SEIA News Release Posted On PV Magazine USA
As Solar Power International kicks off in California, the U.S. solar industry is taking a major step toward alleviating one of the biggest hurdles to installing solar on homes and businesses – cumbersome and inconsistent permitting and inspection processes.
With the support of industry leaders, the Solar Energy Industries Association (SEIA) and The Solar Foundation today are unveiling the Solar Automated Permit Processing (SolarAPP) initiative, which will streamline permitting and slash the cost of solar installations.
Read more here.
Photo: Bob and Gina’s solar-powered home in Lincoln. Installed by SWT Energy.
NEWS FROM OTHER STATES
Plans move ahead for solar-powered, mixed-income Ann Arbor community, Michigan Live
“It would be the most innovative project probably easily within the state,” said County Commission Chairman Andy LaBarre. “It’s something I look at not just as good policy but as a great thing to do.”
100% RENEWABLE ENERGY NEWS
TetraPak Adds Solar Array to Headquarters in Texas, Energy Manager Today: Tetra Pak plans to install a new solar array at the company’s US and Canada headquarters in Denton, Texas. Once up and running, the array will produce 1,027,638 kWh annually, according to the global food processing and packaging solutions company. As a member of RE100, Tetra Pak aims to use only renewable electricity across all global operations by 2030. Currently global company gets half its electricity supply from renewables. Tetra Pak has more than 23,000 employees based in over 80 countries working on food processing and packaging.
Local solar at the heart of Cleveland’s 100% renewable energy goal, PV Magazine
The Midwestern city is looking to put community solar on vacant and contaminated land and making it easier for residents and business to go solar, as well as employing community choice aggregation.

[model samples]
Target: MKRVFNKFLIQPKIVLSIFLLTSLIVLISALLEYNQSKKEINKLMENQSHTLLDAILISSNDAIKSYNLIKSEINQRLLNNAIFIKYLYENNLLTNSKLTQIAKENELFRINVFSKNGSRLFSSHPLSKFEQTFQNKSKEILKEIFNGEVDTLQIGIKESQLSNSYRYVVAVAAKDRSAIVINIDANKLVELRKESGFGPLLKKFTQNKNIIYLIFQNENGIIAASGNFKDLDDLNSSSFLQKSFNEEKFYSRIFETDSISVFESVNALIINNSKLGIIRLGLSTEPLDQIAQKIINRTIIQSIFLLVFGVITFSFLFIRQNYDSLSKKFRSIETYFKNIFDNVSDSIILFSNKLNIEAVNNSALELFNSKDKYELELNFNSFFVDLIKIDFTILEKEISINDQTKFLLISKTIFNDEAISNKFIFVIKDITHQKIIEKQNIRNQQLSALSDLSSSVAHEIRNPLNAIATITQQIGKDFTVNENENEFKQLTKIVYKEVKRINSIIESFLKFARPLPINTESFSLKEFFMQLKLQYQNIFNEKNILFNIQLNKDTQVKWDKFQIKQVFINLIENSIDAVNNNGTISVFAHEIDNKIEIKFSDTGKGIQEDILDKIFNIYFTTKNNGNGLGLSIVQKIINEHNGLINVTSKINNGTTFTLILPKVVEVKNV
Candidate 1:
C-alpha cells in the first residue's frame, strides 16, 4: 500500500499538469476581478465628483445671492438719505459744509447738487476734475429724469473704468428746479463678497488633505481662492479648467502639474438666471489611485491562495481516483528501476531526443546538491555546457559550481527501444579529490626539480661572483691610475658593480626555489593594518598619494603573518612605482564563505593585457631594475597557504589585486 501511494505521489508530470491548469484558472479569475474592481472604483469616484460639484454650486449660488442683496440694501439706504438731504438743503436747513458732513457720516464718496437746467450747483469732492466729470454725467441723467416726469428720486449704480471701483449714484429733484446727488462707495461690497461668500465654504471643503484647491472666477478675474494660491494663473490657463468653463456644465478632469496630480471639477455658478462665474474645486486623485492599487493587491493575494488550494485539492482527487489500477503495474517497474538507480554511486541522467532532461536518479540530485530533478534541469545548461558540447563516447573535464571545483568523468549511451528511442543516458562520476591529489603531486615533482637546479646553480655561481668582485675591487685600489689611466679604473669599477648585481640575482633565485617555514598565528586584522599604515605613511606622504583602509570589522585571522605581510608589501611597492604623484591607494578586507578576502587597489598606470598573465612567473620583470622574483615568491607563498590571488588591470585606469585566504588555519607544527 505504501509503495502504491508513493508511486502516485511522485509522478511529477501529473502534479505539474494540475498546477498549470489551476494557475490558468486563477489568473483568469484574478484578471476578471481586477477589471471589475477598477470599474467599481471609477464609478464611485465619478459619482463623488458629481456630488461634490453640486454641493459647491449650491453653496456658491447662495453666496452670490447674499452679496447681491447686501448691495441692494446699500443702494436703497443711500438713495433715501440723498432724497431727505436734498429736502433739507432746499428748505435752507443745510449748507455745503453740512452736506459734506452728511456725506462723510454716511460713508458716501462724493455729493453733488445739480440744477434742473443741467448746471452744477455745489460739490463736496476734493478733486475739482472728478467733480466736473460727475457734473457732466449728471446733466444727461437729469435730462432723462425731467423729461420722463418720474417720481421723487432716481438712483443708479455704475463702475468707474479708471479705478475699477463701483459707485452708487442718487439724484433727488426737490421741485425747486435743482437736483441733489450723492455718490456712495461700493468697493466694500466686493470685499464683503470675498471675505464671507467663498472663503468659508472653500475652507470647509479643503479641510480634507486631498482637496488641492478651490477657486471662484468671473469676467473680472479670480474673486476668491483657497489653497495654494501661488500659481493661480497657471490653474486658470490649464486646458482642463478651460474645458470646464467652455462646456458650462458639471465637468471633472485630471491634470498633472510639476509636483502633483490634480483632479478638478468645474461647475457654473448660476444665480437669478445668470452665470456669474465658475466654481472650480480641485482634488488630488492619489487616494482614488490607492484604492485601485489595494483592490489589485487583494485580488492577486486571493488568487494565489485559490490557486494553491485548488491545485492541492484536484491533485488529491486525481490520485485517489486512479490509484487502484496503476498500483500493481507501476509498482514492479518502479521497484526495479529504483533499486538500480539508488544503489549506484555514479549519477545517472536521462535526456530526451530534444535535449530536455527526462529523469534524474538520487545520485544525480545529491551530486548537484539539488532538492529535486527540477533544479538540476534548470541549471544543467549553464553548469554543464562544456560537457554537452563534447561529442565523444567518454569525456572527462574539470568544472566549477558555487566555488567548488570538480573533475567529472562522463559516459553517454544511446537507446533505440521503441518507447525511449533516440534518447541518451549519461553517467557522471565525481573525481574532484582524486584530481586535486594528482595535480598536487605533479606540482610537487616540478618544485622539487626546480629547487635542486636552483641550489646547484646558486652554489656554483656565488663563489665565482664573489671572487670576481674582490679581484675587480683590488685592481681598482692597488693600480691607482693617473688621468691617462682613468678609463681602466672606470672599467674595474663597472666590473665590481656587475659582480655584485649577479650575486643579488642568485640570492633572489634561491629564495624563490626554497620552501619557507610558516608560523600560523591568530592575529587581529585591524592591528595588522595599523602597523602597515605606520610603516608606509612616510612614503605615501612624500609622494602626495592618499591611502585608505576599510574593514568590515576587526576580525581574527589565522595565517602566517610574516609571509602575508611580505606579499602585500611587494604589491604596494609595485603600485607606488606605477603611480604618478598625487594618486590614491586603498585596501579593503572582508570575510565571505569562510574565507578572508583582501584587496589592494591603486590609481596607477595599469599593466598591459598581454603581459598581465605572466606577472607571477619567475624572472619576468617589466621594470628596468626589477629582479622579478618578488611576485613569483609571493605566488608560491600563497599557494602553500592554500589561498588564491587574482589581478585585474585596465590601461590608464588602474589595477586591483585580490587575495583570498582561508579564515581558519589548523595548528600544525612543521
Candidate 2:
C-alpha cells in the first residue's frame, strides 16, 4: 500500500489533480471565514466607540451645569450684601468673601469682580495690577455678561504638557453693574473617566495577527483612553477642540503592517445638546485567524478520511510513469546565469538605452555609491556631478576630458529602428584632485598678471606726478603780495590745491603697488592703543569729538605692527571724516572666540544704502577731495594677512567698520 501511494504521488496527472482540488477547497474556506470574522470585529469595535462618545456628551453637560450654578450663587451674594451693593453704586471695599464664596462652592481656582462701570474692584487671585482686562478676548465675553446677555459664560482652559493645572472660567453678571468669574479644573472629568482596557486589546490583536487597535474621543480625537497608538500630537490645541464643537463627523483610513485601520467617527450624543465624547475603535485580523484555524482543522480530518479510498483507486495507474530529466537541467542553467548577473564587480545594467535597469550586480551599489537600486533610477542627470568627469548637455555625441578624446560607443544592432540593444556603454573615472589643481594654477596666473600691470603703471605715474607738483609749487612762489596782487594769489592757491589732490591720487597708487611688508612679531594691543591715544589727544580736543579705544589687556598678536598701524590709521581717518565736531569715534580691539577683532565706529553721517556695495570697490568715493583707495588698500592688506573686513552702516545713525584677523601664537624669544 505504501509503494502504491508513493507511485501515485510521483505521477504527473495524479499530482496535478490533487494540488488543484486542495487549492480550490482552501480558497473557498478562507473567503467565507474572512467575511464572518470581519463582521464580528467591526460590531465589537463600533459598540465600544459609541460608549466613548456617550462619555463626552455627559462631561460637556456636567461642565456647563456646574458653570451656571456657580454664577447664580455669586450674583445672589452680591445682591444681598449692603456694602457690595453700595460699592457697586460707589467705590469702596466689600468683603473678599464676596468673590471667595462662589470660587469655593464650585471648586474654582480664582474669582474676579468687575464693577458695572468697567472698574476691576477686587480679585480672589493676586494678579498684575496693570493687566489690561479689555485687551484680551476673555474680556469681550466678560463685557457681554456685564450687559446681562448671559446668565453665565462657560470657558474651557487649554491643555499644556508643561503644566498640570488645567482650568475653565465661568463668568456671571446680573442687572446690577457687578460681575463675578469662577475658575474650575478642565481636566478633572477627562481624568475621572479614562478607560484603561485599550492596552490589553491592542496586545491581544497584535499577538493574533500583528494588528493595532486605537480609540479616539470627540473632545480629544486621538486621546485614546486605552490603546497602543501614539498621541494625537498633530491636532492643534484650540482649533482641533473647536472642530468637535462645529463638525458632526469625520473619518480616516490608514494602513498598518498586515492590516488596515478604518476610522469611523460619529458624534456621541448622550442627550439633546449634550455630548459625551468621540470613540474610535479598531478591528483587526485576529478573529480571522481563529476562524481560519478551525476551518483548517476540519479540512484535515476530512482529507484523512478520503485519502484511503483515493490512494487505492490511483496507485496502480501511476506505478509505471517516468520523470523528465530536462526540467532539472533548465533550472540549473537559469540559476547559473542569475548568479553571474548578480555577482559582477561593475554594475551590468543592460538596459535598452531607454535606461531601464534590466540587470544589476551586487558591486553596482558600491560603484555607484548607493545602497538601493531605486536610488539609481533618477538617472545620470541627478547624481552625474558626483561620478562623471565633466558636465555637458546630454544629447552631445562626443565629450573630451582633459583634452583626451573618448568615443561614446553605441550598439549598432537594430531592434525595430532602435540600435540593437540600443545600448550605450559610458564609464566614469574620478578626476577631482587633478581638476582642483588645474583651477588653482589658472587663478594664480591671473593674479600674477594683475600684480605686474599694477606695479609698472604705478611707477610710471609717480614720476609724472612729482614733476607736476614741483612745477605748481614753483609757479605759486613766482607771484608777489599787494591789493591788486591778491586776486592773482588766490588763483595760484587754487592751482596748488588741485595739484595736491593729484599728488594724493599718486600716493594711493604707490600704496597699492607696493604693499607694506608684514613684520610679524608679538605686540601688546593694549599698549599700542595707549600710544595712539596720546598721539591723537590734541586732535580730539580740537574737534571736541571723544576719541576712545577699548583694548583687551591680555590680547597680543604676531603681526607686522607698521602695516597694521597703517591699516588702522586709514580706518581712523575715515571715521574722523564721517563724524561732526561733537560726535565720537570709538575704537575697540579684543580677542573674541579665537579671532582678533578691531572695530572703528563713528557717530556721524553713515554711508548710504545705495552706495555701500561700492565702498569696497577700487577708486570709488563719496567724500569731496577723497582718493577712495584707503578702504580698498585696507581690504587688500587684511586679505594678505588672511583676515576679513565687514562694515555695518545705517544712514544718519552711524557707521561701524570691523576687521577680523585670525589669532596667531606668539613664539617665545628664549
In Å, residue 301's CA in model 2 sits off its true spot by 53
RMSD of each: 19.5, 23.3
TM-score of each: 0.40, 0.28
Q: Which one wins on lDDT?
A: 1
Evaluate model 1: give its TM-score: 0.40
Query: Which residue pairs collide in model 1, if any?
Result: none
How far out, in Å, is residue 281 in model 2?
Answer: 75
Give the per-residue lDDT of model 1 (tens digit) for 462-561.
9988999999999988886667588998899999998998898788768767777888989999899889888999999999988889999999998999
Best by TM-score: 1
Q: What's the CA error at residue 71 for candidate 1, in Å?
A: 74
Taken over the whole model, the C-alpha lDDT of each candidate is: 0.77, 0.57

ADDITIONAL NEWS ON SMART LAND USE FOR SOLAR DEVELOPMENT
Unprecedented landfill solar project completed in Maryland, PV Magazine
An 18 MW project developed by BQ Energy has turned otherwise unusable land into enough generation to power 12% of the city of Annapolis.
The Wright Way, Windpower Monthly
Having joined the company as an intern, MidAmerican CEO Adam Wright combines in-depth experience of the business with the competitiveness of a former professional NFL player as the utility works to deliver on its 100% renewable energy promise. The 100% renewables benchmark will be met — even exceeded — when the company’s $922-million 591MW Wind XII project is completed in late 2020 or 2021. It is subject to approval by the Iowa Utilities Board. Photo: Adam Wright, left, interviewed by AWEA CEO Tom Kiernan at Windpower 2018, YouTube.
The Death Of The Gasmobile: EV Charging As A Service
CleanTechnica sat down for a phone interview with Enel’s Alberto Piglia. For those of you new to Enel, the company’s ventures as a sustainable energy provider are on high profile display in the US, with its massive 320-megawatt Rattlesnake wind farm in Nebraska.
Mr. Piglia is head of e-mobility services for Enel X, the wing of Enel tasked with marrying digital solutions to zero emission driving. Think cloud-based services and you’re on the right track . . . The EV charging market has been heating up in the US, too, so brace yourself. Enel X is casting its eye on the US and other EV charging markets beyond Italy (if all this is beginning to sound familiar, keep your eye on the company eMotorWerks, which was acquired by Enel just last fall).
ADDITIONAL RECOMMENDED READING
Con Ed Buying $1.54B Renewable Energy Portfolio From Sempra Energy, North American Windpower
The assets in the sale include the Broken Bow II wind farm in Nebraska.
Photo: NPPD Wind Generation
CLIMATE ACTION NEWS
Exclusive: Exxon, Chevron join global industry climate group, Axios. Some of America’s most powerful U.S.-based oil companies — ExxonMobil, Chevron and Occidental Petroleum — are joining a global consortium of oil and gas producers seeking to address climate change, Axios has learned. Why it matters: The companies are the first U.S.-based members of the group, called the Oil and Gas Climate Initiative. This is one of the strongest signs yet of how America’s biggest oil companies, under pressure from investors and lawsuits, are joining most other U.S. corporations in working to reduce greenhouse gas emissions despite President Trump reversing America’s course on the matter.